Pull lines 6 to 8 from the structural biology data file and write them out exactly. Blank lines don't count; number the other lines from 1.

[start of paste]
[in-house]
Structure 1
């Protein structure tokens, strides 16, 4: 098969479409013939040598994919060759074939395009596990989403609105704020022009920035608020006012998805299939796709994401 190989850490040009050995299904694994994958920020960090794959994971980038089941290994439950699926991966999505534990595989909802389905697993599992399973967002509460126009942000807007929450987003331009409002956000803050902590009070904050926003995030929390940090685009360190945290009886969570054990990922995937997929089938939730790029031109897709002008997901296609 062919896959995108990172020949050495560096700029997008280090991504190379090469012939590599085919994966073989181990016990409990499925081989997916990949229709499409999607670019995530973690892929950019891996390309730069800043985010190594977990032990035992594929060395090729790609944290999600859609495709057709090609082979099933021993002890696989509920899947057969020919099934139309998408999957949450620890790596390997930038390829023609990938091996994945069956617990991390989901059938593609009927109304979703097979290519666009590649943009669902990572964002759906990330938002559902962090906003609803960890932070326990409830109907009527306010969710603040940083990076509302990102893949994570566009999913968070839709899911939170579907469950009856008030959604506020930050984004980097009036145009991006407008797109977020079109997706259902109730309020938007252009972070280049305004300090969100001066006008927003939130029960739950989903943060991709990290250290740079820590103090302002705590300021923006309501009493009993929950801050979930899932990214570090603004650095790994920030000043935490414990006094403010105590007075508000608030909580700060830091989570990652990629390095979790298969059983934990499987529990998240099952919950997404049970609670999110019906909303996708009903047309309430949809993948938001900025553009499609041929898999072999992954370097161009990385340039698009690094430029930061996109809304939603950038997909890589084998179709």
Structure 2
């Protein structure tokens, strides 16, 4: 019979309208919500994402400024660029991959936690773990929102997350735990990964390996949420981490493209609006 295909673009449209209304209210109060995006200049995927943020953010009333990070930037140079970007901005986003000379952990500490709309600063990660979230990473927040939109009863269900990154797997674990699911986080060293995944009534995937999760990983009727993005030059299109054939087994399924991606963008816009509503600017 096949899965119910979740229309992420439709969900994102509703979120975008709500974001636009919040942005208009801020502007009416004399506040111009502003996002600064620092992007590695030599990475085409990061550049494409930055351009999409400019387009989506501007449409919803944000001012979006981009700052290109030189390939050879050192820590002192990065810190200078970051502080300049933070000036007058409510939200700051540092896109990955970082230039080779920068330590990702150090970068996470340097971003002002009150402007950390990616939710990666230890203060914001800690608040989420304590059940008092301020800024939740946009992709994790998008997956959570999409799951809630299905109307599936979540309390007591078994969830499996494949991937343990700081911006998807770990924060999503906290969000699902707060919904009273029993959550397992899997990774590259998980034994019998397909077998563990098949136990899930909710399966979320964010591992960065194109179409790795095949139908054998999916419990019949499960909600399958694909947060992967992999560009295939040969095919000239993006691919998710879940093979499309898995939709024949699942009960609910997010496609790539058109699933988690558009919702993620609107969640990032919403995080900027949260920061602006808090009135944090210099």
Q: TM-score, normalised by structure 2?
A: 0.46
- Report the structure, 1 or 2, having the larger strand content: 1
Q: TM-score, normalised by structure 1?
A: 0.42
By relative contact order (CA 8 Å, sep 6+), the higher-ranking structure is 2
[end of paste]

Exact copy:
Q: TM-score, normalised by structure 2?
A: 0.46
- Report the structure, 1 or 2, having the larger strand content: 1